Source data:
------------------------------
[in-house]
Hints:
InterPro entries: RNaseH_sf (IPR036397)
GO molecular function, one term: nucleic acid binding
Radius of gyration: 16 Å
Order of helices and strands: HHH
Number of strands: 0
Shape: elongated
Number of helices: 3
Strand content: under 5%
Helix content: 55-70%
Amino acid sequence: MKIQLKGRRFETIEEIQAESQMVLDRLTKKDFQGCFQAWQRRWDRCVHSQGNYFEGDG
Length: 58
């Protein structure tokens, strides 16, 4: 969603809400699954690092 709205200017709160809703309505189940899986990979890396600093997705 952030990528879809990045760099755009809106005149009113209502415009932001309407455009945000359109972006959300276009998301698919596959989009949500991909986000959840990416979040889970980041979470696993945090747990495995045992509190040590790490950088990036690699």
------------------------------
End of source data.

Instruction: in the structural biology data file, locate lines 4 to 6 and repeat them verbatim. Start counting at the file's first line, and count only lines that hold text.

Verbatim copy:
GO molecular function, one term: nucleic acid binding
Radius of gyration: 16 Å
Order of helices and strands: HHH